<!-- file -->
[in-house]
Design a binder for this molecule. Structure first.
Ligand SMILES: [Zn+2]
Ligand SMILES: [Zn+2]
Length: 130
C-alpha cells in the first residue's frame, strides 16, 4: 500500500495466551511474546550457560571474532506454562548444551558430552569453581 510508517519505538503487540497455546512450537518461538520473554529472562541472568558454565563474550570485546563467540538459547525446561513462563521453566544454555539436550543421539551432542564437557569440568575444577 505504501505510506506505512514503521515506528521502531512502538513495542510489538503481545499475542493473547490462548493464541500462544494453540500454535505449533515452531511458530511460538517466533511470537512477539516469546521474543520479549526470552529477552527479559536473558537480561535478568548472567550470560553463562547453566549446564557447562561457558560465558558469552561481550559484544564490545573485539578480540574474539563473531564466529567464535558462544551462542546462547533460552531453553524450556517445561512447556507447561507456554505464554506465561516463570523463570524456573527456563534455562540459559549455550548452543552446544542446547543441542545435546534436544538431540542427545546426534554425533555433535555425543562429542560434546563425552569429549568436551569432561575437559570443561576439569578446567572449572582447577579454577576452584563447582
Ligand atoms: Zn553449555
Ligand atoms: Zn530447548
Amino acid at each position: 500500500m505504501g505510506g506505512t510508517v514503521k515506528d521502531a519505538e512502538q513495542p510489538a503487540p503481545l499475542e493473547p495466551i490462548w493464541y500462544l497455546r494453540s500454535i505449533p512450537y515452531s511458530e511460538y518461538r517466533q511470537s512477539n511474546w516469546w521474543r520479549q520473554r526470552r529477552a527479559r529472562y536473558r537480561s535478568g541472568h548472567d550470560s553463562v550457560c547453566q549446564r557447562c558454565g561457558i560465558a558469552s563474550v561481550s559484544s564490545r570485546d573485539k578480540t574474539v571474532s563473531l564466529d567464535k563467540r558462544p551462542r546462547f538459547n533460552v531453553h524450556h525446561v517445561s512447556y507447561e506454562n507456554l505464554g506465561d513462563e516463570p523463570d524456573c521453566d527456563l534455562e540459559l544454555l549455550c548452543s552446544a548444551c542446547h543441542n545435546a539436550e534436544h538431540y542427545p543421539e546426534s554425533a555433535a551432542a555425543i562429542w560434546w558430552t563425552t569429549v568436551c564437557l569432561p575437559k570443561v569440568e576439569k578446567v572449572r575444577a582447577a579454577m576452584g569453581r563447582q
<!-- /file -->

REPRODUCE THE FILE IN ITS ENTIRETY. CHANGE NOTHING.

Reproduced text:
[in-house]
Design a binder for this molecule. Structure first.
Ligand SMILES: [Zn+2]
Ligand SMILES: [Zn+2]
Length: 130
C-alpha cells in the first residue's frame, strides 16, 4: 500500500495466551511474546550457560571474532506454562548444551558430552569453581 510508517519505538503487540497455546512450537518461538520473554529472562541472568558454565563474550570485546563467540538459547525446561513462563521453566544454555539436550543421539551432542564437557569440568575444577 505504501505510506506505512514503521515506528521502531512502538513495542510489538503481545499475542493473547490462548493464541500462544494453540500454535505449533515452531511458530511460538517466533511470537512477539516469546521474543520479549526470552529477552527479559536473558537480561535478568548472567550470560553463562547453566549446564557447562561457558560465558558469552561481550559484544564490545573485539578480540574474539563473531564466529567464535558462544551462542546462547533460552531453553524450556517445561512447556507447561507456554505464554506465561516463570523463570524456573527456563534455562540459559549455550548452543552446544542446547543441542545435546534436544538431540542427545546426534554425533555433535555425543562429542560434546563425552569429549568436551569432561575437559570443561576439569578446567572449572582447577579454577576452584563447582
Ligand atoms: Zn553449555
Ligand atoms: Zn530447548
Amino acid at each position: 500500500m505504501g505510506g506505512t510508517v514503521k515506528d521502531a519505538e512502538q513495542p510489538a503487540p503481545l499475542e493473547p495466551i490462548w493464541y500462544l497455546r494453540s500454535i505449533p512450537y515452531s511458530e511460538y518461538r517466533q511470537s512477539n511474546w516469546w521474543r520479549q520473554r526470552r529477552a527479559r529472562y536473558r537480561s535478568g541472568h548472567d550470560s553463562v550457560c547453566q549446564r557447562c558454565g561457558i560465558a558469552s563474550v561481550s559484544s564490545r570485546d573485539k578480540t574474539v571474532s563473531l564466529d567464535k563467540r558462544p551462542r546462547f538459547n533460552v531453553h524450556h525446561v517445561s512447556y507447561e506454562n507456554l505464554g506465561d513462563e516463570p523463570d524456573c521453566d527456563l534455562e540459559l544454555l549455550c548452543s552446544a548444551c542446547h543441542n545435546a539436550e534436544h538431540y542427545p543421539e546426534s554425533a555433535a551432542a555425543i562429542w560434546w558430552t563425552t569429549v568436551c564437557l569432561p575437559k570443561v569440568e576439569k578446567v572449572r575444577a582447577a579454577m576452584g569453581r563447582q